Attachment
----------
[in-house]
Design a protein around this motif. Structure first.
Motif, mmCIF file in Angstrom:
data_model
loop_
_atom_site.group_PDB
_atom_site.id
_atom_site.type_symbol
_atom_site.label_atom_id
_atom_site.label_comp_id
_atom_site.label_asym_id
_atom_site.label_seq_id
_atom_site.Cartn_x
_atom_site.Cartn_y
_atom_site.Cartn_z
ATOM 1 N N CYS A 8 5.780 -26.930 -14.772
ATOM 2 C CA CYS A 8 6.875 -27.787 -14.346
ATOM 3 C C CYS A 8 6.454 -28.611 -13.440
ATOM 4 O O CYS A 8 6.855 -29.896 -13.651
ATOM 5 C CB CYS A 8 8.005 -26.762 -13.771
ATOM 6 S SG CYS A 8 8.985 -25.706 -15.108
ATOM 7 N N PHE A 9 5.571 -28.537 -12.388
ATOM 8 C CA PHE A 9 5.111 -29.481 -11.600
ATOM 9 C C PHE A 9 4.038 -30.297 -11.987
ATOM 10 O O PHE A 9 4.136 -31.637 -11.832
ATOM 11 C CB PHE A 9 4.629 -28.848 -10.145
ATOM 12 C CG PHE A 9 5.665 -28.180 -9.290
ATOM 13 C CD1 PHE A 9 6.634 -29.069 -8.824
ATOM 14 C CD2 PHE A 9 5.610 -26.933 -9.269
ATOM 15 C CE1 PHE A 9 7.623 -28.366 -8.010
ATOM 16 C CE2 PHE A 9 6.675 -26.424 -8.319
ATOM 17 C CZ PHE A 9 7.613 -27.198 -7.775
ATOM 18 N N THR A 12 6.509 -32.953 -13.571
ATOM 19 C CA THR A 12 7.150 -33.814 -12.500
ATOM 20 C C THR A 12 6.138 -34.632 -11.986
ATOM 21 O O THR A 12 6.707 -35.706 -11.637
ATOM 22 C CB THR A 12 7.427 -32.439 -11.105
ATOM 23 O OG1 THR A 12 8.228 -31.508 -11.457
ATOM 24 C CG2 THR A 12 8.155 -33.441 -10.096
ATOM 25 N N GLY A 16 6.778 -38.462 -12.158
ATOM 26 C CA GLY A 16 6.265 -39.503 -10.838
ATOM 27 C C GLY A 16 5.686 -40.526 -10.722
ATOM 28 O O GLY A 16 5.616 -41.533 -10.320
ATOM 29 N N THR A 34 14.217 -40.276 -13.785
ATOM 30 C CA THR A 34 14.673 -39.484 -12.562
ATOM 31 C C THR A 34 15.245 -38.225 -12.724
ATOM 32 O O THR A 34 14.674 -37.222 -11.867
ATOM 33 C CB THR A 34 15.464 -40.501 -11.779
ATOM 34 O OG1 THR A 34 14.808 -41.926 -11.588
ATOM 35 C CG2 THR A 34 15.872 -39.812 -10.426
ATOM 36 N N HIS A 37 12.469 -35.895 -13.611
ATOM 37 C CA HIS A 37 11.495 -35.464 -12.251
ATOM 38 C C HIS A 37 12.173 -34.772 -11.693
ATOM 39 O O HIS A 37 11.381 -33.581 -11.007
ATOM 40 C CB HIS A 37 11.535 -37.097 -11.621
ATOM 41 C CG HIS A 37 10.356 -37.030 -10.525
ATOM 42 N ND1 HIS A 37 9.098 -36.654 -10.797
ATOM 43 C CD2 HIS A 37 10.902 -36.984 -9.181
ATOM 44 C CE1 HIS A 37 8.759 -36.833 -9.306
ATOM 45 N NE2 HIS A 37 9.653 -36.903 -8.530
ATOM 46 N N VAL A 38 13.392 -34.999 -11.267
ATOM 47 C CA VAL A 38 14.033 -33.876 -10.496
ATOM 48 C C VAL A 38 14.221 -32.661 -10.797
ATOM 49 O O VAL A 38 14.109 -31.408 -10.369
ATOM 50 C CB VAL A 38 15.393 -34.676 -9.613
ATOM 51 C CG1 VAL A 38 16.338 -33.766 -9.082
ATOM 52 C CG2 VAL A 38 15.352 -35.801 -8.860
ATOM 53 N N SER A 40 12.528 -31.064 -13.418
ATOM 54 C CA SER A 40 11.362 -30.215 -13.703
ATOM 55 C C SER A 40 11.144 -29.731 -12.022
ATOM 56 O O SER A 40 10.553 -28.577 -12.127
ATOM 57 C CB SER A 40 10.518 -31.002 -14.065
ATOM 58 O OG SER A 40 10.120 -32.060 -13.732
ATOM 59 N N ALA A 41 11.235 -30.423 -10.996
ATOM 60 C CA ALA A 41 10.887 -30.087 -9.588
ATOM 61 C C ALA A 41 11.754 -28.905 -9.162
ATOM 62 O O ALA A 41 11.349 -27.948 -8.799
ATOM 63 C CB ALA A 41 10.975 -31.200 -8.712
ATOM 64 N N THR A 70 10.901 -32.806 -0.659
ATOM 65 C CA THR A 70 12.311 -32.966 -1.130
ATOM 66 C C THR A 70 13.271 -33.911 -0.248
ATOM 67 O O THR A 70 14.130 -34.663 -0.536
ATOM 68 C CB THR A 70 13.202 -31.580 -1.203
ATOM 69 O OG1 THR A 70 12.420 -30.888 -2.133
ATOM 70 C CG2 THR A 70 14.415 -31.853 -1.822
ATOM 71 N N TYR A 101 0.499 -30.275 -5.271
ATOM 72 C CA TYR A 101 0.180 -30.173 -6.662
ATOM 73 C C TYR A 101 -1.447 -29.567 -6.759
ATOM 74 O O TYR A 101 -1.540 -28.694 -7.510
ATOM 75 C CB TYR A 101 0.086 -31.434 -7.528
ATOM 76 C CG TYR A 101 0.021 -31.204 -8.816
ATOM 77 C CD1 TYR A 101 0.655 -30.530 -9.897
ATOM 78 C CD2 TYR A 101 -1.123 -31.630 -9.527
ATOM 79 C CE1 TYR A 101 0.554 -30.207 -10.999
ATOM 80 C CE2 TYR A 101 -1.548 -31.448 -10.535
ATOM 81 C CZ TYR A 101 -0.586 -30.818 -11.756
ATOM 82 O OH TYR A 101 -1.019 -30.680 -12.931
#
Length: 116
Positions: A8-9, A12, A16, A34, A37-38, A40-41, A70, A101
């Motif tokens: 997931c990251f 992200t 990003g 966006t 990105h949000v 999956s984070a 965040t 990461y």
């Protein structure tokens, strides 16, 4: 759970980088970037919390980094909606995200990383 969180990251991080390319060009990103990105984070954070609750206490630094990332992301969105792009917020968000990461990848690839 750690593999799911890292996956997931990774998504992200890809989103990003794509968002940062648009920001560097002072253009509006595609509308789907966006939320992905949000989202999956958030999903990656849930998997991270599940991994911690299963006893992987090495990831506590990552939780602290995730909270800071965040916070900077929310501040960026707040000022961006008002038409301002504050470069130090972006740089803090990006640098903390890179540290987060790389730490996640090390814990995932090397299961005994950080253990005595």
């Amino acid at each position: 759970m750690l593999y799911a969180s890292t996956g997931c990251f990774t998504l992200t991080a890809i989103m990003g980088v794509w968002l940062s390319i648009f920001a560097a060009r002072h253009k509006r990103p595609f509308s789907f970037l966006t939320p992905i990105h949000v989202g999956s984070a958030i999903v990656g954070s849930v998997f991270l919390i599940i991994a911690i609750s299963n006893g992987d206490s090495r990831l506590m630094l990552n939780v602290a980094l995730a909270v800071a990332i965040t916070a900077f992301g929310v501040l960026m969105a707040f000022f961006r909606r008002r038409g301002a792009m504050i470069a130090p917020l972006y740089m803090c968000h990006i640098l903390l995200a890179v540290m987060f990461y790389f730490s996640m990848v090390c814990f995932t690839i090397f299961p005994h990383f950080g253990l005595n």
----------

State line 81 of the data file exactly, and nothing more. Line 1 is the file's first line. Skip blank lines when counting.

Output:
ATOM 66 C C THR A 70 13.271 -33.911 -0.248